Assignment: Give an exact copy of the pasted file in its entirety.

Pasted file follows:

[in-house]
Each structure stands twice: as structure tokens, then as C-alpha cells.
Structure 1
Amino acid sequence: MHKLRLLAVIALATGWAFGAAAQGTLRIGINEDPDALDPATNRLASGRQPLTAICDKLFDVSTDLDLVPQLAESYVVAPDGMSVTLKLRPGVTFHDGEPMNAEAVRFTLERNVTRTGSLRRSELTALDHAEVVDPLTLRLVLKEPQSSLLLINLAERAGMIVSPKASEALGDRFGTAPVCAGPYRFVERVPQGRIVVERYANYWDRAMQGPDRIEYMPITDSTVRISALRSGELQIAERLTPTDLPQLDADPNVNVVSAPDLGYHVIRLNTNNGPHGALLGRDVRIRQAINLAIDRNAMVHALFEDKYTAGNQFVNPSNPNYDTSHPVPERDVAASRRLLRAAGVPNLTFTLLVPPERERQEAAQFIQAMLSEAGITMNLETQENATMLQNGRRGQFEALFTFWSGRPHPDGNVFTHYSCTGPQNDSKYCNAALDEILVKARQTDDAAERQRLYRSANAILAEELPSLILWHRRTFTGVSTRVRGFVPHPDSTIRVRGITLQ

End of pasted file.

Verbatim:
[in-house]
Each structure stands twice: as structure tokens, then as C-alpha cells.
Structure 1
Amino acid sequence: MHKLRLLAVIALATGWAFGAAAQGTLRIGINEDPDALDPATNRLASGRQPLTAICDKLFDVSTDLDLVPQLAESYVVAPDGMSVTLKLRPGVTFHDGEPMNAEAVRFTLERNVTRTGSLRRSELTALDHAEVVDPLTLRLVLKEPQSSLLLINLAERAGMIVSPKASEALGDRFGTAPVCAGPYRFVERVPQGRIVVERYANYWDRAMQGPDRIEYMPITDSTVRISALRSGELQIAERLTPTDLPQLDADPNVNVVSAPDLGYHVIRLNTNNGPHGALLGRDVRIRQAINLAIDRNAMVHALFEDKYTAGNQFVNPSNPNYDTSHPVPERDVAASRRLLRAAGVPNLTFTLLVPPERERQEAAQFIQAMLSEAGITMNLETQENATMLQNGRRGQFEALFTFWSGRPHPDGNVFTHYSCTGPQNDSKYCNAALDEILVKARQTDDAAERQRLYRSANAILAEELPSLILWHRRTFTGVSTRVRGFVPHPDSTIRVRGITLQ